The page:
Ex K-1 teacher here. I have taught in traditional schools, private schools for gifted young children, and Montessori schools. I am thinking Montessori preschool for your daughter. It will not emphasize reading, math, and writing, but it will be available if she wants to do it. There will be other areas such as fine and gross motor activies, geography, science, etc. I think that you should find out if there is one available and close to you. Try for a half day at your child's age. She is not ready for more than that.

Go and observe. Not all Montessori schools are the same, and I always recommend observing any school. If you feel uncomfortable don't enroll your child. If they limit your observation time, don't enroll your child. If you can't drop in, don't enroll your child.

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answers from Seattle on

Chelsea House Montessori (in Lake City... close to Dicks and Seattle Gymnastic Academy) is where my son went, and it's an amaaaaaazing school. For 2.5 - 6. They do NOT do daycare (their hours are strictly 9-3... one can do 9-12, 9-1, 9-3, 12-3, 1-3 ... minimum 3 days a week to 5 days a week), so they usually have openings year round. They are a *very small* school, 3 teachers 1 classroom, and between 10-20 students. When we were there, potty training was also required for entry (but they were *really* good about accidents / etc... you have ziplock bags with full changes of clothes -from shirt to socks-, so if there was an accident ... no biggie. Change 'em out, the bag of wet ones by the sign in sheet at the door... and the kids just keep going about their day. No shaming or trouble, just an easy "lets strip and get in dry ones!")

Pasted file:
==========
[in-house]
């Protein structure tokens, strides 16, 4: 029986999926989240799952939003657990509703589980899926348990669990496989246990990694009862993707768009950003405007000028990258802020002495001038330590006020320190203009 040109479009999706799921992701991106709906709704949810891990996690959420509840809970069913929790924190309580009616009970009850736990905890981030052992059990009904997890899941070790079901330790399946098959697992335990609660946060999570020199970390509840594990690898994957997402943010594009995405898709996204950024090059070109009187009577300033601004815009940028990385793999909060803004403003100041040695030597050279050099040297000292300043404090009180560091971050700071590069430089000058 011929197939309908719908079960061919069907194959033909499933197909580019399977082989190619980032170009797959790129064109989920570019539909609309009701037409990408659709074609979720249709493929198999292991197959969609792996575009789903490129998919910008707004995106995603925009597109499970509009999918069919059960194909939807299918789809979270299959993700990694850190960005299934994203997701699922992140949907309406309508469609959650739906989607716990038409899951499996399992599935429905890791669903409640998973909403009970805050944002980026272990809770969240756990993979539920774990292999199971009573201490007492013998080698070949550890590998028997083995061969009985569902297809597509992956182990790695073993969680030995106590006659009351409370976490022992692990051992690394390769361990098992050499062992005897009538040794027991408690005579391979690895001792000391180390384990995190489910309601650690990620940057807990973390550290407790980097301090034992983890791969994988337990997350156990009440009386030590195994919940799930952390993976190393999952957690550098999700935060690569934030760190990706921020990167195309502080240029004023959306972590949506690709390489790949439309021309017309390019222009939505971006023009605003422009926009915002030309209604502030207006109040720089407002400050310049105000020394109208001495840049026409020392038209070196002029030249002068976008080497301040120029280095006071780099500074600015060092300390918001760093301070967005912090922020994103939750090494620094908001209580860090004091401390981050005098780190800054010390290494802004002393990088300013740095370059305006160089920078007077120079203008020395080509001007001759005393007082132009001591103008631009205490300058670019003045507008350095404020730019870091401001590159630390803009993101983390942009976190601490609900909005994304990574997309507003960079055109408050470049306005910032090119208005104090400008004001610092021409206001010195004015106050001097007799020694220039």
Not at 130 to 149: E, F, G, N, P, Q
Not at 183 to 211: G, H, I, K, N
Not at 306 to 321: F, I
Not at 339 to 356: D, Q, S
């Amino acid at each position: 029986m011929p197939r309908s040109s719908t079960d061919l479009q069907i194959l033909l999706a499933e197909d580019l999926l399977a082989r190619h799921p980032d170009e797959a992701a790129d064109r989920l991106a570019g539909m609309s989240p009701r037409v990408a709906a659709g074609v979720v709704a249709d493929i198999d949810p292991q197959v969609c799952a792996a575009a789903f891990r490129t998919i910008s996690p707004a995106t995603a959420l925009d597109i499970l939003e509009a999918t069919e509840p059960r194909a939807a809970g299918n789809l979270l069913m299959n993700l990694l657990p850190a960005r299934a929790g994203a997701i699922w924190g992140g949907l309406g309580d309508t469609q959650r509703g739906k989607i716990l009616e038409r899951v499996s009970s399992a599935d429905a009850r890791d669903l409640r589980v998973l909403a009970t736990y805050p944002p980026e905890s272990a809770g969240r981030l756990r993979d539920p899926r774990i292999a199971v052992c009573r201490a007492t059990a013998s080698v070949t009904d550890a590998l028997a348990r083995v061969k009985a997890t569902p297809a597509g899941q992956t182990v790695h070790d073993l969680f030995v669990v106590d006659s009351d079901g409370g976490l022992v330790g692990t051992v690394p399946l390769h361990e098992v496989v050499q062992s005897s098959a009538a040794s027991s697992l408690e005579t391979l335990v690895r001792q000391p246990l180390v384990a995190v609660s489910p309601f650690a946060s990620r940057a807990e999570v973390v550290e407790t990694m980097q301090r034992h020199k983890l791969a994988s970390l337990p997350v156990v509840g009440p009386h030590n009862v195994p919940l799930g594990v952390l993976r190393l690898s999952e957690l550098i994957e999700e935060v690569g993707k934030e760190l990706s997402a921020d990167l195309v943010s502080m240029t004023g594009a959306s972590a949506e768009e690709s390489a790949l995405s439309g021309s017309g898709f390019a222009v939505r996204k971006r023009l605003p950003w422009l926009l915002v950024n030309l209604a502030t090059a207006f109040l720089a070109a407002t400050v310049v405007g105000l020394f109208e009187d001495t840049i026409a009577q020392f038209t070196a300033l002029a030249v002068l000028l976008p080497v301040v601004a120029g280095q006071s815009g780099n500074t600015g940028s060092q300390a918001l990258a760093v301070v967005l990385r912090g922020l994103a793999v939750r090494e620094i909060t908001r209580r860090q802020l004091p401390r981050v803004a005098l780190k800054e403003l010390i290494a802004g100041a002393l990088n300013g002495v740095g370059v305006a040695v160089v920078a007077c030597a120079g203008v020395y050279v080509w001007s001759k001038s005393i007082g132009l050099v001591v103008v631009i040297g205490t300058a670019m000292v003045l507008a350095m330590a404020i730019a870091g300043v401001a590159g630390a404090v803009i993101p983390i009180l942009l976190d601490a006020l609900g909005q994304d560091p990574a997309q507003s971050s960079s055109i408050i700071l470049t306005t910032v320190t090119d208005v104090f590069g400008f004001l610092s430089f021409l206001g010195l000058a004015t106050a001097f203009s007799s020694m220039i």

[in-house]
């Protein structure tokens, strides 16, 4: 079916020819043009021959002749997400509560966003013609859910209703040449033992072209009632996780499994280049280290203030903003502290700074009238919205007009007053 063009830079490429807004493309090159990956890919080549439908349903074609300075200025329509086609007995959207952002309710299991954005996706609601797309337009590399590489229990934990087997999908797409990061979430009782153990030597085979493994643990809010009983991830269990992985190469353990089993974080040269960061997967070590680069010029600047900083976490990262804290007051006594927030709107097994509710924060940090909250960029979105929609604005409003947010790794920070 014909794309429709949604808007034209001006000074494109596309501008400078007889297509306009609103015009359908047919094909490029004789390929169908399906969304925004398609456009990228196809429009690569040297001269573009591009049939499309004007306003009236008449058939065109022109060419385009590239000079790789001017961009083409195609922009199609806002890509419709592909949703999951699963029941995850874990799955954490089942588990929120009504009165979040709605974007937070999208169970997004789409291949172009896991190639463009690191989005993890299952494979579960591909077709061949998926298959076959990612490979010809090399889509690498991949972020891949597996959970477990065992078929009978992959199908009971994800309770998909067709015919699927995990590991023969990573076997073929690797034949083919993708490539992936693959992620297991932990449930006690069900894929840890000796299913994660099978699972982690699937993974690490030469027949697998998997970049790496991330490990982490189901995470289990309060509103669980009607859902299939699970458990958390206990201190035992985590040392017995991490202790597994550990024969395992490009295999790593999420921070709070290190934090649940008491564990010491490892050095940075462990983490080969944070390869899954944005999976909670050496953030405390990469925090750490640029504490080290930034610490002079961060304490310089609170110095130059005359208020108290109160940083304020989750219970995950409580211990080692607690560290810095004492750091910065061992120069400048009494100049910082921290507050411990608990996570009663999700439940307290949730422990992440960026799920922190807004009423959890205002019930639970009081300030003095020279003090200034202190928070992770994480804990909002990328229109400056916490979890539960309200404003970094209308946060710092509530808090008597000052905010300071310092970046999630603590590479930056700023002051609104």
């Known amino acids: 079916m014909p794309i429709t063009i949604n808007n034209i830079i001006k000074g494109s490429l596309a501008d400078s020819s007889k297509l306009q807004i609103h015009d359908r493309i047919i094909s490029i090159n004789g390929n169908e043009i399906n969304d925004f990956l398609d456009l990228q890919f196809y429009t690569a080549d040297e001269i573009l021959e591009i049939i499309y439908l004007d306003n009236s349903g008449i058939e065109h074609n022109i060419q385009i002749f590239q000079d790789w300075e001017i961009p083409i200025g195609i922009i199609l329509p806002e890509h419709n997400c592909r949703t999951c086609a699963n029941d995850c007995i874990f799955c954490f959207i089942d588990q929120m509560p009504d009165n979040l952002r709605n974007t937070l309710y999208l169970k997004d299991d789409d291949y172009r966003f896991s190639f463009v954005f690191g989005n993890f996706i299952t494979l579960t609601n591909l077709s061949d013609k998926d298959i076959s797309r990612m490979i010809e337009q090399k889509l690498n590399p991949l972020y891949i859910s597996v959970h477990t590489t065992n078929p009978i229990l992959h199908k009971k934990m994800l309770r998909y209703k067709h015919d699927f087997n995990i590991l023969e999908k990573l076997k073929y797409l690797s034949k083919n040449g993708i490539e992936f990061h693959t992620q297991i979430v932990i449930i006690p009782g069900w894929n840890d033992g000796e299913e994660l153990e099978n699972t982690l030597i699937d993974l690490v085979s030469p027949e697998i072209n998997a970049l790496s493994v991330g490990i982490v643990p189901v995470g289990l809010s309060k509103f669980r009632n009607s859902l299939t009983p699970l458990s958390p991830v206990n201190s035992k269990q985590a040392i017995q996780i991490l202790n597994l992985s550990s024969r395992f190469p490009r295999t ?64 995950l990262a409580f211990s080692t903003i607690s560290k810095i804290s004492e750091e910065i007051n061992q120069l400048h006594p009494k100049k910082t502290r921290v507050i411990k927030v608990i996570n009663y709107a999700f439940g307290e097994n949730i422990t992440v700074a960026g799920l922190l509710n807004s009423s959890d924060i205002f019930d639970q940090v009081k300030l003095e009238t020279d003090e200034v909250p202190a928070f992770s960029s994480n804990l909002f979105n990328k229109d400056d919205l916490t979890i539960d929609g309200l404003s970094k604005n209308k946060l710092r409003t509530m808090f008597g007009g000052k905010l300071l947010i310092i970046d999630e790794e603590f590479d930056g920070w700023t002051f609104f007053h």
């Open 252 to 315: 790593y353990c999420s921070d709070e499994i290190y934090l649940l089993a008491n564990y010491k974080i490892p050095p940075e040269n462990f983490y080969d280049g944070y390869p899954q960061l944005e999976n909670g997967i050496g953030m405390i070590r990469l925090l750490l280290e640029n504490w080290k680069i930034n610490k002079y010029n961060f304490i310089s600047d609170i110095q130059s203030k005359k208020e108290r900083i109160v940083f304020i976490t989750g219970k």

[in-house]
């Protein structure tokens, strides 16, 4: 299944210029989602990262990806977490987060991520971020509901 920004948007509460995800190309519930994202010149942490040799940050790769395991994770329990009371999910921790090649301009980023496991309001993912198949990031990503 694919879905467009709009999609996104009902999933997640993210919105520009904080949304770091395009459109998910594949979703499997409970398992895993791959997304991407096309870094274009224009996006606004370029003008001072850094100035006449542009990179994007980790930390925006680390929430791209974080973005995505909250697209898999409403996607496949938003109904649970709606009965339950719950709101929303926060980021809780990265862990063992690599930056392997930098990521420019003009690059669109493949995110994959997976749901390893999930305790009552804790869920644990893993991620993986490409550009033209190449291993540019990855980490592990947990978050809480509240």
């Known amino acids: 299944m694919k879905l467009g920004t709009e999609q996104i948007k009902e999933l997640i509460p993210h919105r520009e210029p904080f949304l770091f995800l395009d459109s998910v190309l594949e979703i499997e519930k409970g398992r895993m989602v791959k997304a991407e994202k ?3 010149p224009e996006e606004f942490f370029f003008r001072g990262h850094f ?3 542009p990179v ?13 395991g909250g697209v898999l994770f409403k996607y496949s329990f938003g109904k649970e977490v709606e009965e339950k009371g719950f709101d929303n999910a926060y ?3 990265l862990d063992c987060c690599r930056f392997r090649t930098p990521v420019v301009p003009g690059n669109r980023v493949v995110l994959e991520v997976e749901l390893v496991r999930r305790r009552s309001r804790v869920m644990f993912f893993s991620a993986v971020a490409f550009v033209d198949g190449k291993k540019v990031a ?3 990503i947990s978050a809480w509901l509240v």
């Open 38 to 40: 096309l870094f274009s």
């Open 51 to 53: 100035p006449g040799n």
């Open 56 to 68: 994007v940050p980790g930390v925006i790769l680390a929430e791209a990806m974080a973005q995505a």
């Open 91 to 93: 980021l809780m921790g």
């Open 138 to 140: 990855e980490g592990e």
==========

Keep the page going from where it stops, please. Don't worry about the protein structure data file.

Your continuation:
It's not technically a "gifted school", like Evergreen in Shoreline, but it might as well be. Learning is FUN, and encouraged, and nurtured in a way that is *ideal* for gifted kids.

Here are some snippets of things that my son was just exploding at the seams to tell me / I loved about the school:

"Mom! Did you know the brain has a big CRACK in it?!? Right down the middle separating the lobes! It's called the longee-tuna-fishy!" (longitudinal fissure... from their human body study)

Hearing the word "strata" used correctly (from their study of archeology and dinosaurs)

The scientific names of parts of plants and flowers (stamen, foramen, etc.) being used as easily as "leaf, trunk, roots" is used.